What is behind the legal dispute between Qatar Airways and Airbus? | Explainer News

Qatar Airways is seeking $ 618 million in damages, plus $ 4 million a day after grounding 21 A350s due to safety concerns.

Qatar Airways has been locked up for months in a legal dispute with European airline maker Airbus over “serious and legitimate safety concerns” following the delivery of A350 aircraft.

Qatar’s state-owned airline is seeking compensation, saying defective planes have forced it to suspend 21 of its fleet of 53 Airbus A350s from both the 1000 and 900 series.

Here are some key facts:

How did the dispute start?

Qatar’s national carrier has expressed concern about the condition of its A350 in November 2020, when an attempt to repaint a five-year-old plane in World Cup livery revealed about 980 defects.

According to a Reuters investigation, at least five other airlines, including Finnair, Cathay Pacific, Etihad, Lufthansa and Air France, expressed concern in 2016 – long before Qatar Airways – but did not stop their planes on the ground.

France-based Airbus acknowledged that the shortcomings need to be addressed, insisting they are cosmetic problems and do not jeopardize safety.

Qatar Airways said Airbus had failed to provide a full analysis of the root causes needed to address unresolved airworthiness issues for the affected aircraft, including the lightning protection system.

On December 20 last year, Qatar Airways filed a lawsuit against Airbus in the UK. The case is due to be heard at the end of April.

What are the problems?

The airline’s complaint said the paint on the recently delivered Airbus A350 was cracking and flaking, revealing copper nets used to insulate the plane against lightning strikes.

He posted a video on social media on Friday of scars on the outside of the landed A350 planes.

The video shows areas of peeling or missing paint, cracks and lightning protection, as well as what the airline describes as carbon fiber stains that have been exposed to moisture and potentially harmful ultraviolet light.

The lightweight carbon fiber jetliner relies on metal foil embedded under the paint to help lightning pass safely over the fuselage, which is less conductive than the previous metal.

The video shows flakes from the copper-mesh lightning system, which must be fixed to the plane with resin, which loosens when the paint has been irritated from hand to glove.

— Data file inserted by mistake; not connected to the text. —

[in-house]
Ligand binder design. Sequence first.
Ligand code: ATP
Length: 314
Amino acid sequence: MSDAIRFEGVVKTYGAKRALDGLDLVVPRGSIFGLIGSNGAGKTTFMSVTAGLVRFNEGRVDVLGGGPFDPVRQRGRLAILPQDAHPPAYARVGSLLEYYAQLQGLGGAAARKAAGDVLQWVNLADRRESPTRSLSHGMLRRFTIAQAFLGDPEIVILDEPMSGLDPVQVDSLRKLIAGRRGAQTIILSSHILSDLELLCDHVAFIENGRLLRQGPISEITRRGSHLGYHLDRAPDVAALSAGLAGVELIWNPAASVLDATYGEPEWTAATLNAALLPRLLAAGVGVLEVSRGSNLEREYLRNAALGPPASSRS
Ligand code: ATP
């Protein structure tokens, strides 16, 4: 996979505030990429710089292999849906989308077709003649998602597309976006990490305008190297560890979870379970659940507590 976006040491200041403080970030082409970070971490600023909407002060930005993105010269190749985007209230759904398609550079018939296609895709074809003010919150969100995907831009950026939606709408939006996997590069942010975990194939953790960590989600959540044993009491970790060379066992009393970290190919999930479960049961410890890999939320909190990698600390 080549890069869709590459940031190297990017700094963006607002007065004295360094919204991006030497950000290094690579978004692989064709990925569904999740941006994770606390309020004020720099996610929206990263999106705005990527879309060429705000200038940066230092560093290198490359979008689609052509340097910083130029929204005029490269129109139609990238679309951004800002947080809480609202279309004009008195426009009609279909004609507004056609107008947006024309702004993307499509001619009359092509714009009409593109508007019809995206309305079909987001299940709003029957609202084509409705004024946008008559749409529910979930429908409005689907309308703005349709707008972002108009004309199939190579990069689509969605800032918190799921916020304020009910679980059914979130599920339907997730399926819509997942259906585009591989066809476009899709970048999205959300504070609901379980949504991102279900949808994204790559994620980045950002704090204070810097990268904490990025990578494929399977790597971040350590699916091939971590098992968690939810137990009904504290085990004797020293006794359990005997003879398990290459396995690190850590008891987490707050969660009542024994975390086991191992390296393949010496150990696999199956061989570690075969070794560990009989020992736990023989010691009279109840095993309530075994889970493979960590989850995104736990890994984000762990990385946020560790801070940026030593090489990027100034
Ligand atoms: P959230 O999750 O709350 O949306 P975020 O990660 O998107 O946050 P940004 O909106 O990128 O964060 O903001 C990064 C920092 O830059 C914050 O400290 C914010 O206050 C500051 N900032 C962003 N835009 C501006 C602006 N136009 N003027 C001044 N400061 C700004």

cracked paint up closeAn undated image shows peeling paint, cracking and exposed expanded copper foil on the fuselage of a Q3ar Airways A350 aircraft [Image obtained by Reuters]

What does the airline require?

Qatar Airways is demanding $ 618 million in compensation, plus $ 4 million a day, and has stopped receiving another 23 A350s.

His lawsuit details how the Qatar Civil Aviation Authority (QCAA) began revoking flight permits for individual A350 aircraft in a series of letters from June 2021.

The QCAA told Airbus that the plane’s deterioration was “embarrassing, if not alarming.”

Airbus has said it will fight the allegation, saying there is “no reasonable or rational basis” for grounding that has not happened elsewhere.

What is the position of Airbus?

Airbus says it is considering changing the design of the lightning network for the future A350, but insists there is adequate backup lightning protection. It says Qatar Airways is undermining global protocols by seeking to influence safety.

Airbus says it has provided relevant information and has concluded that there is no risk to airworthiness, an opinion expressed by the European aviation regulator.

On Friday, Airbus canceled a $ 6 billion contract with Qatar Airways for 50 of its new A321neo passenger planes, escalating a lawsuit.

Q3ar Airways A350 aircraftQatar Airways Airbus A350 at Berlin Airport [File: Odd Andersen/AFP]

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